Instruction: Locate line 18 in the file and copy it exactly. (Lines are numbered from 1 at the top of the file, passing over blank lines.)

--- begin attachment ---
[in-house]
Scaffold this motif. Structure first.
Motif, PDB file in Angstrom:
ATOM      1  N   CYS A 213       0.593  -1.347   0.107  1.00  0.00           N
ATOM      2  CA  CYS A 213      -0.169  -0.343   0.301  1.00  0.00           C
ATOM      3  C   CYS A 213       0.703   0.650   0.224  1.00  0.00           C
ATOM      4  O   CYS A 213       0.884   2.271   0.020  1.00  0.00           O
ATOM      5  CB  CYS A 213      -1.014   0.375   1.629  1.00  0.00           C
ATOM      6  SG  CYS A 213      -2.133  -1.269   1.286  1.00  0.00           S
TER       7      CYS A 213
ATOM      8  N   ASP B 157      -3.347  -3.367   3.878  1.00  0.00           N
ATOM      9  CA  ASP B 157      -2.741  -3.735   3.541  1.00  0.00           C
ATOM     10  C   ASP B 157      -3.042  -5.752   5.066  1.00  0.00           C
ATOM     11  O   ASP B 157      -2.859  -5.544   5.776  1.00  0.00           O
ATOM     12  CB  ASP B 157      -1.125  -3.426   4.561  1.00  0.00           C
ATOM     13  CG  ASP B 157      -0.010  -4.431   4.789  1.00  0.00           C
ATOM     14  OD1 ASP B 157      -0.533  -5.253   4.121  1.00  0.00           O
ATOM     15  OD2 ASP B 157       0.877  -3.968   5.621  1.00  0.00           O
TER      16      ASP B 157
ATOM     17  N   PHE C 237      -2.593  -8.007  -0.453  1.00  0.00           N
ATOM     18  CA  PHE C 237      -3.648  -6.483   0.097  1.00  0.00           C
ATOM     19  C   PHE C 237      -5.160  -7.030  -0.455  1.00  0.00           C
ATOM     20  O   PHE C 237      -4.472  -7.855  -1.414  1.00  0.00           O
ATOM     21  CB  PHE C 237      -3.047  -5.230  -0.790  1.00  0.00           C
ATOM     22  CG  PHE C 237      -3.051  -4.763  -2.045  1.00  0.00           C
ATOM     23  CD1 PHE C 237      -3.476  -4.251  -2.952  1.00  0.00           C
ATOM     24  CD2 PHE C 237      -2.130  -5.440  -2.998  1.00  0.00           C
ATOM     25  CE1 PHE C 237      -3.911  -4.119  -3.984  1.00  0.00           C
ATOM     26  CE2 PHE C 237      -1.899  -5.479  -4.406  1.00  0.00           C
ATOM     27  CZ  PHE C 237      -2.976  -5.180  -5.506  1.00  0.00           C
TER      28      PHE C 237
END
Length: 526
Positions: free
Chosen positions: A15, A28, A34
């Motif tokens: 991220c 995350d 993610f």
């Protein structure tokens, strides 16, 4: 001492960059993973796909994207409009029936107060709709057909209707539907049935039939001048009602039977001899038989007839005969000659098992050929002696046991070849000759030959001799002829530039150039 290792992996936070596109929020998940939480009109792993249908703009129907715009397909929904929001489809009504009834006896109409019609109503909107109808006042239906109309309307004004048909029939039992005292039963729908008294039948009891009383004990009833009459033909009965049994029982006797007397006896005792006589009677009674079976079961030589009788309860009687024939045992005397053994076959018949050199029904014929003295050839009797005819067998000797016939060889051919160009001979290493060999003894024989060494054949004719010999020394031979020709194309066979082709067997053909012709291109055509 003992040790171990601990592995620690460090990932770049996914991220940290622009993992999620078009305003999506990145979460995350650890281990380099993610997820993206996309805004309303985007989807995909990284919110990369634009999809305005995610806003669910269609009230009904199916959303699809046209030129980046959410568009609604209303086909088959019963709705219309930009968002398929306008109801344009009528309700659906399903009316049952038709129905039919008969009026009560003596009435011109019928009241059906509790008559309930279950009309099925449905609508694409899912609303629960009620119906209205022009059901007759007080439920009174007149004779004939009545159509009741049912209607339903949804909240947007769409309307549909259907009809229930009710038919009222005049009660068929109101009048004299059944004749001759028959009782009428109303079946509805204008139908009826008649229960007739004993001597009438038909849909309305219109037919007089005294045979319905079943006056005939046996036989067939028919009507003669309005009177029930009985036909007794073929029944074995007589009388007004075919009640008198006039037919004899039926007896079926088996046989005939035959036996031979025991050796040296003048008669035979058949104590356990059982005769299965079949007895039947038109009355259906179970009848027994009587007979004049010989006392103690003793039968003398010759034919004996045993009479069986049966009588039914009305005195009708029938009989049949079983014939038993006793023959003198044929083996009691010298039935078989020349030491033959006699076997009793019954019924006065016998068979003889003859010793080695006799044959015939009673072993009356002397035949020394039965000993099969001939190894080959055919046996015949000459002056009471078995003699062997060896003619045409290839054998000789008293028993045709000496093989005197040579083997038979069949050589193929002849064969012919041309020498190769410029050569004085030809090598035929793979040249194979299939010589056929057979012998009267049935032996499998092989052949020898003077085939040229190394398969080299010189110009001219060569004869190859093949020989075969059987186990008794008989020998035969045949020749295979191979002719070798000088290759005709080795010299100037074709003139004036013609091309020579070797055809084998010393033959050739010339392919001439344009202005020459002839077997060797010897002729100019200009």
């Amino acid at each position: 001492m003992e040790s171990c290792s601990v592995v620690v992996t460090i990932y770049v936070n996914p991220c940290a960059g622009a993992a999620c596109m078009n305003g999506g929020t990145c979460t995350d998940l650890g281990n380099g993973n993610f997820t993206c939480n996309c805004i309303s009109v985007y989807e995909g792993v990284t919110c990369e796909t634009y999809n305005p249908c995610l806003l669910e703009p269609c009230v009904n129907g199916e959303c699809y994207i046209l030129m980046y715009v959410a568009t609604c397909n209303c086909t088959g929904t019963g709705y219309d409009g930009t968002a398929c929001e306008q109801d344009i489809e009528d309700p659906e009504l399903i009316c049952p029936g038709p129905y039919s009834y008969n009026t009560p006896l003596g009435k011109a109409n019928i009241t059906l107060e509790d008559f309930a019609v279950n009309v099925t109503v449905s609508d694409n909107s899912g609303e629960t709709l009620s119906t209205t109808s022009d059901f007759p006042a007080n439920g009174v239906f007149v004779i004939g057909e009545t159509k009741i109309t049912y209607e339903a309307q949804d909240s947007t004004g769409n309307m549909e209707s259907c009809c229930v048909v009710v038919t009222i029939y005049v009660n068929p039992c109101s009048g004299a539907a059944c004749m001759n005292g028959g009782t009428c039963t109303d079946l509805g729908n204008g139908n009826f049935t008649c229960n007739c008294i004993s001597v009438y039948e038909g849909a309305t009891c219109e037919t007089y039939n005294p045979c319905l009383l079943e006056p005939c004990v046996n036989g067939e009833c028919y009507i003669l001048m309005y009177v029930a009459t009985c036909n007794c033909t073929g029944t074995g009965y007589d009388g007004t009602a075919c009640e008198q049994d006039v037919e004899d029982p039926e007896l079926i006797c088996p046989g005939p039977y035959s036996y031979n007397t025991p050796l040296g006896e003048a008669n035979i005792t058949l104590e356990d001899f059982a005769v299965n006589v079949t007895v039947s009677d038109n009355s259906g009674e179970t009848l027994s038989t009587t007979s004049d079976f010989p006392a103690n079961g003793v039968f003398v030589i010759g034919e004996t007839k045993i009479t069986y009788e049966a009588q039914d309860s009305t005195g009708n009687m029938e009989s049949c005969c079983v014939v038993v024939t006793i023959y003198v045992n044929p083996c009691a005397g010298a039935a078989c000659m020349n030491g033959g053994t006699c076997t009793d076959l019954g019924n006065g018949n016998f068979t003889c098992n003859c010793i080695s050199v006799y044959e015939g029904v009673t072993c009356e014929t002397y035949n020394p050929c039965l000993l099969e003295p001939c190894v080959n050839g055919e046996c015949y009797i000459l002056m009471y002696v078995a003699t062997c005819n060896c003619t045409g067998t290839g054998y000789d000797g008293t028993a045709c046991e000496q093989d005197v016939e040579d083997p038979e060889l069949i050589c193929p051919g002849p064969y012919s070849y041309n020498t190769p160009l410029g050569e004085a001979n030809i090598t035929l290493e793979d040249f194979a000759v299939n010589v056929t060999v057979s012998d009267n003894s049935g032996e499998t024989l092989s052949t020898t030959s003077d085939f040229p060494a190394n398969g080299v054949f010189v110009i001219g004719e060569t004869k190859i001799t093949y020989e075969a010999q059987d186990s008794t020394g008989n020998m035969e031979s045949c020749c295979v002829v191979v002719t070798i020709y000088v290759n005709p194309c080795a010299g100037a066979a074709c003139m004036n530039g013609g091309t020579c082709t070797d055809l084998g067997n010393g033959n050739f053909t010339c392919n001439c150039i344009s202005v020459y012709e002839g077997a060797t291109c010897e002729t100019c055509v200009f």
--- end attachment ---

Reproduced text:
ATOM     15  OD2 ASP B 157       0.877  -3.968   5.621  1.00  0.00           O